Hangovers aren’t always bad things. First, it means you had a good time. Second, it gives you the opportunity to reflect back on what actually happened. And just because it is a hangover doesn’t mean it involved booze. Every quarter BEAU hosts BEAU.Palooza, which doesn’t involve mass consumption but does give the campus a chance to showcase what has been going on with our students. Our proverbial hangover from the open house is giving us an occasion to celebrate the fact that the Salt Lake arts community is alive and well.
You don’t have to look any further than the first floor at BEAU to see how the arts community is picking up steam. Step onto the stage and you’ll see a fully functioning television set designed for multiple television themes. Add a couple TV personalities and you have everything you need for television gold.
A partnership between BEAU and entrepreneur/television host Tony Toscano is on track to create a line of new shows for the Utah market. Tony created his own idea for a television show and recently got the green light for production from ABC 4 and CW 30. A completely student-run BEAU production team is producing the series with the possibility of more shows for the networks in the near future.
Walk down the hall and you’ll also witness a busy audio studio. In any given week, local musicians stroll in and out of the studio giving students a first-hand learning experience while allowing new artists the opportunity to record in a professional studio.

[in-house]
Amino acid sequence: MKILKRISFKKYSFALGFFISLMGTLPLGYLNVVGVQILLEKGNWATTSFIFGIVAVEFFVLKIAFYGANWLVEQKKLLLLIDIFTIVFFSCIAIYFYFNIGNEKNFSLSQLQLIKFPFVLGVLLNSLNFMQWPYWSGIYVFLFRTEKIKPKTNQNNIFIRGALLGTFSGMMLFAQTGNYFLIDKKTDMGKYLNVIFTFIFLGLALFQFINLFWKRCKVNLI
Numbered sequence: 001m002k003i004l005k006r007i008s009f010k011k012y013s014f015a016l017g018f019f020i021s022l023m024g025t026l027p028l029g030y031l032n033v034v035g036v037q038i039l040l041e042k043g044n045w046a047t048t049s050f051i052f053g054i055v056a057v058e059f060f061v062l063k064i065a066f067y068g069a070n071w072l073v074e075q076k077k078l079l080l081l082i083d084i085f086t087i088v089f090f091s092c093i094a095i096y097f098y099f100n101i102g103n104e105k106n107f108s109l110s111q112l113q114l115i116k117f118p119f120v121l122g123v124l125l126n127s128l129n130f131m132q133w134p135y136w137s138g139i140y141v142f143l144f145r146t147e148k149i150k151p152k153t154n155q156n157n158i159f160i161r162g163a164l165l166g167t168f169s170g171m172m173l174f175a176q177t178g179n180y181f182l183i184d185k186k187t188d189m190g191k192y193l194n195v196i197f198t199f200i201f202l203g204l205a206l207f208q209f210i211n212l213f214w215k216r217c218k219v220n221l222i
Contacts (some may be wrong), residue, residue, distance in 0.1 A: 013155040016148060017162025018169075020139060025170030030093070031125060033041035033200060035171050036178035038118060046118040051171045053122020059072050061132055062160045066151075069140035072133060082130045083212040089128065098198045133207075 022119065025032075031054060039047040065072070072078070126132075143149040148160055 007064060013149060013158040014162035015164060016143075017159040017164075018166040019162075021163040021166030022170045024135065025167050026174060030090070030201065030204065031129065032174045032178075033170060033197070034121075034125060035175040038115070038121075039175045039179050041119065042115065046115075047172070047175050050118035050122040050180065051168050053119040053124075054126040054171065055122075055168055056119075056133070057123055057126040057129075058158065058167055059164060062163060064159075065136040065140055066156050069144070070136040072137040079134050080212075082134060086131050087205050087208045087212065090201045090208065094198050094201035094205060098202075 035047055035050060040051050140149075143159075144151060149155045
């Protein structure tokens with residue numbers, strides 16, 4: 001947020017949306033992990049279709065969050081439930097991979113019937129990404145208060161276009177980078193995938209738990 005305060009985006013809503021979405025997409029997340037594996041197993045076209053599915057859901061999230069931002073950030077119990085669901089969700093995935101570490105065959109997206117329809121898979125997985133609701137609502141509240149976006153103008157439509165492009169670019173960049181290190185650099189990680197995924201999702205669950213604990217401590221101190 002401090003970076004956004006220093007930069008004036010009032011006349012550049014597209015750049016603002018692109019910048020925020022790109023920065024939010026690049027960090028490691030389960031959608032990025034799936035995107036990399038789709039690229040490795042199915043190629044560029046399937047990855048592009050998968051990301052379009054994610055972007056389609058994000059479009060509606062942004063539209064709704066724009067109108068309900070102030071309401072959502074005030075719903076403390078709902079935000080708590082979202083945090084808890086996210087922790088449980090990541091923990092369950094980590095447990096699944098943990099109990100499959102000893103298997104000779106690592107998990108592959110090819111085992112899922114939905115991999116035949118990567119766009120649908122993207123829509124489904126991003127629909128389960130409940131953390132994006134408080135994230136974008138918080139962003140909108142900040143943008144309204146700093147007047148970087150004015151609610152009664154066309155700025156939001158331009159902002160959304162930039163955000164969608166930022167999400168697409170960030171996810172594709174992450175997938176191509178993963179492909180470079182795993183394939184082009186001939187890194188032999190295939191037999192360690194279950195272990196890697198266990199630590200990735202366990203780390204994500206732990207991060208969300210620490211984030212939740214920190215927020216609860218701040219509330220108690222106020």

A mix between college academics and those that are living within the entertainment industry is only possible due to a growing arts scene. Salt Lake City is still no Los Angeles, however. Some might even assume that the area doesn’t boast an arts environment at all. But somewhere between an eclectic undercurrent and America’s next big art city is where you will find Salt Lake.
“The power of SLC’s art scene is that it is underground, hidden and one has to wait for it to appear or seek it out,” says BEAU Creative Arts Executive Program Chair Rando Schmook. “It’s virtually everywhere, powerful art and artists hiding in the cracks and recesses of Salt Lake City waiting for the call. They are like the homeless at sundown, suddenly appearing, demanding our attention and causing us to wonder, then retreating once again.”